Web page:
Planar cell polarity-dependent and independent functions in the emergence of tissue-scale hair follicle patterns.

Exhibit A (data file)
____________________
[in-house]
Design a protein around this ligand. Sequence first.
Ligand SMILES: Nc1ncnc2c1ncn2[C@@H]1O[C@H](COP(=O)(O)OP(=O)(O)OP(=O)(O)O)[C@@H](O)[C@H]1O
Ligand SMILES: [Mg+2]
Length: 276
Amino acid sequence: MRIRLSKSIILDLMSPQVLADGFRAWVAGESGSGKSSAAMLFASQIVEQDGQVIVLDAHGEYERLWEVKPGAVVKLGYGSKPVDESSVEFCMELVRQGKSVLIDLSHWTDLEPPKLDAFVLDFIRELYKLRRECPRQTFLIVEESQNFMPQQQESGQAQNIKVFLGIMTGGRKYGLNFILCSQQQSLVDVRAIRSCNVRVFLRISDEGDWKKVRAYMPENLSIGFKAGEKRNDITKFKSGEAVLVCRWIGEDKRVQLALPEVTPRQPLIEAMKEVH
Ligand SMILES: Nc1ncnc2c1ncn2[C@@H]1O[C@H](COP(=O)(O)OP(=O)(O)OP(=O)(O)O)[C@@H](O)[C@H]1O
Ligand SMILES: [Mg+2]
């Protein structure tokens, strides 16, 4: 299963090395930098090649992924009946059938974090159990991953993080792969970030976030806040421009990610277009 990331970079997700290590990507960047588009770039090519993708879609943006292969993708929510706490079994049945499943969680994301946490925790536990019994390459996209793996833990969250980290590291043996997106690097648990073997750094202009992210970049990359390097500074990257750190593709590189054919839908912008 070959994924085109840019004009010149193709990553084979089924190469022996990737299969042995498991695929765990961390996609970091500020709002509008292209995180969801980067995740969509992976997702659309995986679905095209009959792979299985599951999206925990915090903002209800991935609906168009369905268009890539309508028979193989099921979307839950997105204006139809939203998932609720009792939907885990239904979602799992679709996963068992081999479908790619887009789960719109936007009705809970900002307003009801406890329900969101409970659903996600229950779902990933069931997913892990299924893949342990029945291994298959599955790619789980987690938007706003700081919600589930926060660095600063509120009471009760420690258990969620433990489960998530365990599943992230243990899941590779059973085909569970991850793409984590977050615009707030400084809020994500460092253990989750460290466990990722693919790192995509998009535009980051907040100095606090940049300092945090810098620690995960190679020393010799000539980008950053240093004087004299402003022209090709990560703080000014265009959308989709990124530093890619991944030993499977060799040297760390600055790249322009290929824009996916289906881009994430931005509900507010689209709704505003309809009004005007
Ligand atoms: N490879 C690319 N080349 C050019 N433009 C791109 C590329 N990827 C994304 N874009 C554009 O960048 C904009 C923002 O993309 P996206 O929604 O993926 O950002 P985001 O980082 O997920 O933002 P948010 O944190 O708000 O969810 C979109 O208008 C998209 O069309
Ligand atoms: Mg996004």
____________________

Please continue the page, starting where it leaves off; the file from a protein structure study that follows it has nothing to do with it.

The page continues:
Hair follicles of the mammalian epidermis display local order and global alignment, a complex pattern instructed by the core planar cell polarity (PCP) pathway. Here we address the contributions of core PCP genes, Van Gogh-like and Frizzled, to the establishment, local refinement, and global order of embryonic and postnatal hair follicles. We find that, similar to Fz6 mutants, the disordered hair patterns of Vangl2 mutants are refined over time and eventually corrected. In both mutants, we find that tissue-level reorientation occurs through locally coordinated follicle rotation at stereotyped locations. Strikingly, Vangl2 and Fz6 mutant follicles collectively rotate with opposing directionalities, suggesting that redundant core PCP signals contribute to their directed realignment. Consistently, global follicle alignment is not restored upon conditional ablation of both Vangl1 and Vangl2 genes. Instead, spatially distinct patterns of whorls and crosses emerge and persist even after a complete cycle of hair follicle regeneration. Thus, local refinement of hair follicles into higher order patterns can occur independently of the core PCP system, however, their global alignment with the body axes requires PCP function throughout morphogenesis, growth and regeneration.